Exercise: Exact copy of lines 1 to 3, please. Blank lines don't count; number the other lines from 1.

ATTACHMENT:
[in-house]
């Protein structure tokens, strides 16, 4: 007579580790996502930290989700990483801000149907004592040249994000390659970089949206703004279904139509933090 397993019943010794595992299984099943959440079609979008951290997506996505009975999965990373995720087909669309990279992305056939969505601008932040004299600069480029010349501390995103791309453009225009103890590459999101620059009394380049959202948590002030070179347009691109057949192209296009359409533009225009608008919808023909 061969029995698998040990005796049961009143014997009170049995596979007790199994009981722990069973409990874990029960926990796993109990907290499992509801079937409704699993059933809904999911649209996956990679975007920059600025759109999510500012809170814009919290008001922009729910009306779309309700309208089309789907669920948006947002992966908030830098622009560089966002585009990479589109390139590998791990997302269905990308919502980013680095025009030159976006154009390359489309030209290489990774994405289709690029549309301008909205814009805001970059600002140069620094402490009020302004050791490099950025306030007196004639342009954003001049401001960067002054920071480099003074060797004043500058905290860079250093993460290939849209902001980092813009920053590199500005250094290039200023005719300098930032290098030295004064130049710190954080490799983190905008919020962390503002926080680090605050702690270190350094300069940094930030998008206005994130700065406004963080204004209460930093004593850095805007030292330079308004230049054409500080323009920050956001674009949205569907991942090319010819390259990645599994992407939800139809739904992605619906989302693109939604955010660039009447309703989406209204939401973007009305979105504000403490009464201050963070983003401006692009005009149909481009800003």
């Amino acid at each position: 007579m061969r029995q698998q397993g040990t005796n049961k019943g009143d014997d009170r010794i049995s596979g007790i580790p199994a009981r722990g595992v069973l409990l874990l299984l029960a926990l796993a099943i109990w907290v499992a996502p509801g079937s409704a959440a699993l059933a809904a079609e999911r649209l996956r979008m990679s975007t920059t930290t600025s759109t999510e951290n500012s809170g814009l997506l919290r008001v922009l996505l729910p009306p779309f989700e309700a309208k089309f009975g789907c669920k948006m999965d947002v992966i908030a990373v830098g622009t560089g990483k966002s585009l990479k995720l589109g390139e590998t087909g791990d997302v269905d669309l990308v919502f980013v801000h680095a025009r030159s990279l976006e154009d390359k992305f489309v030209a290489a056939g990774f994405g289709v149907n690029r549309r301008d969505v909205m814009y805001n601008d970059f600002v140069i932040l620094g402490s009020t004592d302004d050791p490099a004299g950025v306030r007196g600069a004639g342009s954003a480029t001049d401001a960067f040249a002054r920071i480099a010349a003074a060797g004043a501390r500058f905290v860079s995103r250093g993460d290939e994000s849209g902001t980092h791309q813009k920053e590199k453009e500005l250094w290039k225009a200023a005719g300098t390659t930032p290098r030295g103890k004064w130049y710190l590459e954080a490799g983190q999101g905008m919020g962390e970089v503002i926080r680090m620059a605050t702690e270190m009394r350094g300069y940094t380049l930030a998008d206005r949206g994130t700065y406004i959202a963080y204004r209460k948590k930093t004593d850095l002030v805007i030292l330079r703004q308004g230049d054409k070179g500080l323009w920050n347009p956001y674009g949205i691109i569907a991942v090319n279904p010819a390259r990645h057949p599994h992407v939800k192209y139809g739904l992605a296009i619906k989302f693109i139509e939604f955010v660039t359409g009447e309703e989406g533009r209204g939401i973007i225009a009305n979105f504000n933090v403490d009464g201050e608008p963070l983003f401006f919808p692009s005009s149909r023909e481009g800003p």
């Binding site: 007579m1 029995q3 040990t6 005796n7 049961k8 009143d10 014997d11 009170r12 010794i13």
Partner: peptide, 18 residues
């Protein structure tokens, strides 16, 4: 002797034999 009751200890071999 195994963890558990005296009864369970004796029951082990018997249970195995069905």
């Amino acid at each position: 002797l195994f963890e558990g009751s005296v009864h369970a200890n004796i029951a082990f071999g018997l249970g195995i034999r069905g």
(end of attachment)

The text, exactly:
[in-house]
């Protein structure tokens, strides 16, 4: 007579580790996502930290989700990483801000149907004592040249994000390659970089949206703004279904139509933090 397993019943010794595992299984099943959440079609979008951290997506996505009975999965990373995720087909669309990279992305056939969505601008932040004299600069480029010349501390995103791309453009225009103890590459999101620059009394380049959202948590002030070179347009691109057949192209296009359409533009225009608008919808023909 061969029995698998040990005796049961009143014997009170049995596979007790199994009981722990069973409990874990029960926990796993109990907290499992509801079937409704699993059933809904999911649209996956990679975007920059600025759109999510500012809170814009919290008001922009729910009306779309309700309208089309789907669920948006947002992966908030830098622009560089966002585009990479589109390139590998791990997302269905990308919502980013680095025009030159976006154009390359489309030209290489990774994405289709690029549309301008909205814009805001970059600002140069620094402490009020302004050791490099950025306030007196004639342009954003001049401001960067002054920071480099003074060797004043500058905290860079250093993460290939849209902001980092813009920053590199500005250094290039200023005719300098930032290098030295004064130049710190954080490799983190905008919020962390503002926080680090605050702690270190350094300069940094930030998008206005994130700065406004963080204004209460930093004593850095805007030292330079308004230049054409500080323009920050956001674009949205569907991942090319010819390259990645599994992407939800139809739904992605619906989302693109939604955010660039009447309703989406209204939401973007009305979105504000403490009464201050963070983003401006692009005009149909481009800003």
């Amino acid at each position: 007579m061969r029995q698998q397993g040990t005796n049961k019943g009143d014997d009170r010794i049995s596979g007790i580790p199994a009981r722990g595992v069973l409990l874990l299984l029960a926990l796993a099943i109990w907290v499992a996502p509801g079937s409704a959440a699993l059933a809904a079609e999911r649209l996956r979008m990679s975007t920059t930290t600025s759109t999510e951290n500012s809170g814009l997506l919290r008001v922009l996505l729910p009306p779309f989700e309700a309208k089309f009975g789907c669920k948006m999965d947002v992966i908030a990373v830098g622009t560089g990483k966002s585009l990479k995720l589109g390139e590998t087909g791990d997302v269905d669309l990308v919502f980013v801000h680095a025009r030159s990279l976006e154009d390359k992305f489309v030209a290489a056939g990774f994405g289709v149907n690029r549309r301008d969505v909205m814009y805001n601008d970059f600002v140069i932040l620094g402490s009020t004592d302004d050791p490099a004299g950025v306030r007196g600069a004639g342009s954003a480029t001049d401001a960067f040249a002054r920071i480099a010349a003074a060797g004043a501390r500058f905290v860079s995103r250093g993460d290939e994000s849209g902001t980092h791309q813009k920053e590199k453009e500005l250094w290039k225009a200023a005719g300098t390659t930032p290098r030295g103890k004064w130049y710190l590459e954080a490799g983190q999101g905008m919020g962390e970089v503002i926080r680090m620059a605050t702690e270190m009394r350094g300069y940094t380049l930030a998008d206005r949206g994130t700065y406004i959202a963080y204004r209460k948590k930093t004593d850095l002030v805007i030292l330079r703004q308004g230049d054409k070179g500080l323009w920050n347009p956001y674009g949205i691109i569907a991942v090319n279904p010819a390259r990645h057949p599994h992407v939800k192209y139809g739904l992605a296009i619906k989302f693109i139509e939604f955010v660039t359409g009447e309703e989406g533009r209204g939401i973007i225009a009305n979105f504000n933090v403490d009464g201050e608008p963070l983003f401006f919808p692009s005009s149909r023909e481009g800003p």